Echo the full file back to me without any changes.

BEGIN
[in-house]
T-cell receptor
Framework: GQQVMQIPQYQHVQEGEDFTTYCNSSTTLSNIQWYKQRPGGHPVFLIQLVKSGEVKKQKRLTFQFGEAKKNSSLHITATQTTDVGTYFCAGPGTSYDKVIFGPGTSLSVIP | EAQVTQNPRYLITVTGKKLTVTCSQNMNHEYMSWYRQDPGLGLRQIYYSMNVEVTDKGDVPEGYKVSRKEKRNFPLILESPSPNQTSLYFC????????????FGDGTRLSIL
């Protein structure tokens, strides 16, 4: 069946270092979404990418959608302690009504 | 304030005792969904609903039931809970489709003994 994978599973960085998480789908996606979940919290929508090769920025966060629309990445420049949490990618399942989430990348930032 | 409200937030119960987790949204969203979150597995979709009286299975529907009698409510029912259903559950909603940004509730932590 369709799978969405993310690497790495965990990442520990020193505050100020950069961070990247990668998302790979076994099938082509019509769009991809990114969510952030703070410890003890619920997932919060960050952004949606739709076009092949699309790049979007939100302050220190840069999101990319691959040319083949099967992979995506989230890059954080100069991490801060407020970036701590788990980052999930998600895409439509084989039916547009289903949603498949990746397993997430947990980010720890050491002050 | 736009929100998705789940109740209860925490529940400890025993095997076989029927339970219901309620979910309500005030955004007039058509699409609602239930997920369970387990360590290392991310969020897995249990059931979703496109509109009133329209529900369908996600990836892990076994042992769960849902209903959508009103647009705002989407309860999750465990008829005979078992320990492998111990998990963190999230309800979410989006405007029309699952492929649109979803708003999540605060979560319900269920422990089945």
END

[in-house]
T-cell receptor
Framework: GQQVMQIPQYQHVQEGEDFTTYCNSSTTLSNIQWYKQRPGGHPVFLIQLVKSGEVKKQKRLTFQFGEAKKNSSLHITATQTTDVGTYFCAGPGTSYDKVIFGPGTSLSVIP | EAQVTQNPRYLITVTGKKLTVTCSQNMNHEYMSWYRQDPGLGLRQIYYSMNVEVTDKGDVPEGYKVSRKEKRNFPLILESPSPNQTSLYFC????????????FGDGTRLSIL
């Protein structure tokens, strides 16, 4: 069946270092979404990418959608302690009504 | 304030005792969904609903039931809970489709003994 994978599973960085998480789908996606979940919290929508090769920025966060629309990445420049949490990618399942989430990348930032 | 409200937030119960987790949204969203979150597995979709009286299975529907009698409510029912259903559950909603940004509730932590 369709799978969405993310690497790495965990990442520990020193505050100020950069961070990247990668998302790979076994099938082509019509769009991809990114969510952030703070410890003890619920997932919060960050952004949606739709076009092949699309790049979007939100302050220190840069999101990319691959040319083949099967992979995506989230890059954080100069991490801060407020970036701590788990980052999930998600895409439509084989039916547009289903949603498949990746397993997430947990980010720890050491002050 | 736009929100998705789940109740209860925490529940400890025993095997076989029927339970219901309620979910309500005030955004007039058509699409609602239930997920369970387990360590290392991310969020897995249990059931979703496109509109009133329209529900369908996600990836892990076994042992769960849902209903959508009103647009705002989407309860999750465990008829005979078992320990492998111990998990963190999230309800979410989006405007029309699952492929649109979803708003999540605060979560319900269920422990089945």